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Computational Science is widely recognized as a critical means to solving many of today’s most challenging problems.  The analysis and knowledge gained from working with the incredible data explosion produced by massive experiments, observations and computer generated models is leading to solutions at an unimagined pace. Data-Intensive discovery (the fourth paradigm of scientific research), and Multi Scale Interdisciplinary  approaches are becoming more prevalent in the way that Science and Engineering is generating...

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A Look Back at Our History: The CCS 10-Year Report (2007-2017)

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A Look Back at Our History: The CCS 10-Year Report (2007-2017)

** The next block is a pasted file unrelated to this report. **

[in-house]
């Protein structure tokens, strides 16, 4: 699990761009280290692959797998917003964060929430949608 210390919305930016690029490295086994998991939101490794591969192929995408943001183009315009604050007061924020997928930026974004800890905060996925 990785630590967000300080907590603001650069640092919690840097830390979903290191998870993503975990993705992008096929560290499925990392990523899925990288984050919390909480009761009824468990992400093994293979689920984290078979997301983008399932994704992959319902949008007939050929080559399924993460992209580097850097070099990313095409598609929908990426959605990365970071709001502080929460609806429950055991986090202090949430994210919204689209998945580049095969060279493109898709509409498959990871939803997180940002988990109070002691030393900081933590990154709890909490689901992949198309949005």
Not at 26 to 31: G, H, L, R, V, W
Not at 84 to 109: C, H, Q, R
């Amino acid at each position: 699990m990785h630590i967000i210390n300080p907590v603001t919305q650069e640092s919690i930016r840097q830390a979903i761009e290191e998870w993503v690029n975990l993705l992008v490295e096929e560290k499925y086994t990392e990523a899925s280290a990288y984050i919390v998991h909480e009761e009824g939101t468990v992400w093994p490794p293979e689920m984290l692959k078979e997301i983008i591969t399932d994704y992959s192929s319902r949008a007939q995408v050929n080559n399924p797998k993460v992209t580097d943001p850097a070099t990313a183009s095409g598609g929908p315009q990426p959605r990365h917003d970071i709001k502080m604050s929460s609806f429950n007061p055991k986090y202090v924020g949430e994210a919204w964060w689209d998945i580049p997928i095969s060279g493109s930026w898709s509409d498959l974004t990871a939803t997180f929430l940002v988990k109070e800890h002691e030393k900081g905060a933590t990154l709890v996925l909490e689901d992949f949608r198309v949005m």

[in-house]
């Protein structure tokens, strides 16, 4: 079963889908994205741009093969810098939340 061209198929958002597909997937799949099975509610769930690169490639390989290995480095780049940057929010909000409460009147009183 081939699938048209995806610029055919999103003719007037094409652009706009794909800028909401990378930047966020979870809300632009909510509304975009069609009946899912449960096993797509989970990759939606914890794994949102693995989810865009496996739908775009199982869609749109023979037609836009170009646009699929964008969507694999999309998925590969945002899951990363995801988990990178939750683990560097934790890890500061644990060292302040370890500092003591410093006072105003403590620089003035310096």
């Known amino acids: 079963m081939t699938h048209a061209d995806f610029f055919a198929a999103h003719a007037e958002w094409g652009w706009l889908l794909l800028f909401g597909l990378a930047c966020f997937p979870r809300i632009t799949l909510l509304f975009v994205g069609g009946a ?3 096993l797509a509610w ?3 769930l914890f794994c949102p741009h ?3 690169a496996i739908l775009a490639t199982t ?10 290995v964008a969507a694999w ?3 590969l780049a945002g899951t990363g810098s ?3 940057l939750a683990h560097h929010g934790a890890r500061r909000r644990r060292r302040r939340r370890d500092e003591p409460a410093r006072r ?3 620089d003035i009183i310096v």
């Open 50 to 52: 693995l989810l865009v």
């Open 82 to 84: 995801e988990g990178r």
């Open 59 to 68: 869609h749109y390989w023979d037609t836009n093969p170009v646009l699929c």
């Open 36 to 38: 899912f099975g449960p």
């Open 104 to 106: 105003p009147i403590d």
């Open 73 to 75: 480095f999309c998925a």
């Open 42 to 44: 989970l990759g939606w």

The University of Miami Center for Computational Science (CCS) proudly celebrates 10 years of projects and collaborations . . . Thank you to all who shared in this journey.  

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Notification: CCS Storage System Maintenance Begins 7/3 at 7 AM

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Notification:  CCS Storage System Maintenance Begins 7/3 at 7 AM

From 7:00 AM to 12:00 AM on Tuesday July 3rd, storage systems for the Pegasus compute cluster, Apollo, and VISX will undergo hardware maintenance. During this maintenance period, Pegasus batch execution and login nodes will be unavailable—as will the gateway (gw.ccs.miami.edu), Apollo, and VISX systems. We apologize for the inconvenience, and thank you for your understanding and cooperation. We will send out an all clear message once the work is done. As always, if you have any questions or problems, please contact us by sending email to: hpc@ccs.miami.edu....

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VizUM Visualization Competition Deadline Extended to 7/23/2018

Posted by on 1:29 pm in News, VizUM Events | Comments Off on VizUM Visualization Competition Deadline Extended to 7/23/2018

VizUM Visualization Competition Deadline Extended to 7/23/2018